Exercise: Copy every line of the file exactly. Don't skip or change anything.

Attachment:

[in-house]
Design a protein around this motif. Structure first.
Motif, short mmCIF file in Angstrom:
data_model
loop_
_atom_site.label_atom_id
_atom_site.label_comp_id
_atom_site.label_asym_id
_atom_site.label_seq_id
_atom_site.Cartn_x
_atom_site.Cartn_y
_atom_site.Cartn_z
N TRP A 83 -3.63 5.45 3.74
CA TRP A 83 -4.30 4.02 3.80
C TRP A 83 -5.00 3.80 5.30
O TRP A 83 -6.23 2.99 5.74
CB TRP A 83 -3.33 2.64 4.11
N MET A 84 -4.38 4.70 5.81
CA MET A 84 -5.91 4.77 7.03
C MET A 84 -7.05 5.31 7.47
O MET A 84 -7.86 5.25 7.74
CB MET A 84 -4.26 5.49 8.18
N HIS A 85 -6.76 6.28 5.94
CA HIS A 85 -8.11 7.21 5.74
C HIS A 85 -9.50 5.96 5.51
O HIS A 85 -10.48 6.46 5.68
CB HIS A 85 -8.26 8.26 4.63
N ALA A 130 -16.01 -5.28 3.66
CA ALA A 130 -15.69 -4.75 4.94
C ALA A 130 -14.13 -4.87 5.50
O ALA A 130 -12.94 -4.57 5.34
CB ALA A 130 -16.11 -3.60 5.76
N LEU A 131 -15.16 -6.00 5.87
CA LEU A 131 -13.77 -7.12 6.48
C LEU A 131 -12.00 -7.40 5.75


[in-house]
Design a protein around this motif. Structure first.
Motif, short mmCIF file in Angstrom:
data_model
loop_
_atom_site.label_atom_id
_atom_site.label_comp_id
_atom_site.label_asym_id
_atom_site.label_seq_id
_atom_site.Cartn_x
_atom_site.Cartn_y
_atom_site.Cartn_z
N TRP A 83 -3.63 5.45 3.74
CA TRP A 83 -4.30 4.02 3.80
C TRP A 83 -5.00 3.80 5.30
O TRP A 83 -6.23 2.99 5.74
CB TRP A 83 -3.33 2.64 4.11
N MET A 84 -4.38 4.70 5.81
CA MET A 84 -5.91 4.77 7.03
C MET A 84 -7.05 5.31 7.47
O MET A 84 -7.86 5.25 7.74
CB MET A 84 -4.26 5.49 8.18
N HIS A 85 -6.76 6.28 5.94
CA HIS A 85 -8.11 7.21 5.74
C HIS A 85 -9.50 5.96 5.51
O HIS A 85 -10.48 6.46 5.68
CB HIS A 85 -8.26 8.26 4.63
N ALA A 130 -16.01 -5.28 3.66
CA ALA A 130 -15.69 -4.75 4.94
C ALA A 130 -14.13 -4.87 5.50
O ALA A 130 -12.94 -4.57 5.34
CB ALA A 130 -16.11 -3.60 5.76
N LEU A 131 -15.16 -6.00 5.87
CA LEU A 131 -13.77 -7.12 6.48
C LEU A 131 -12.00 -7.40 5.75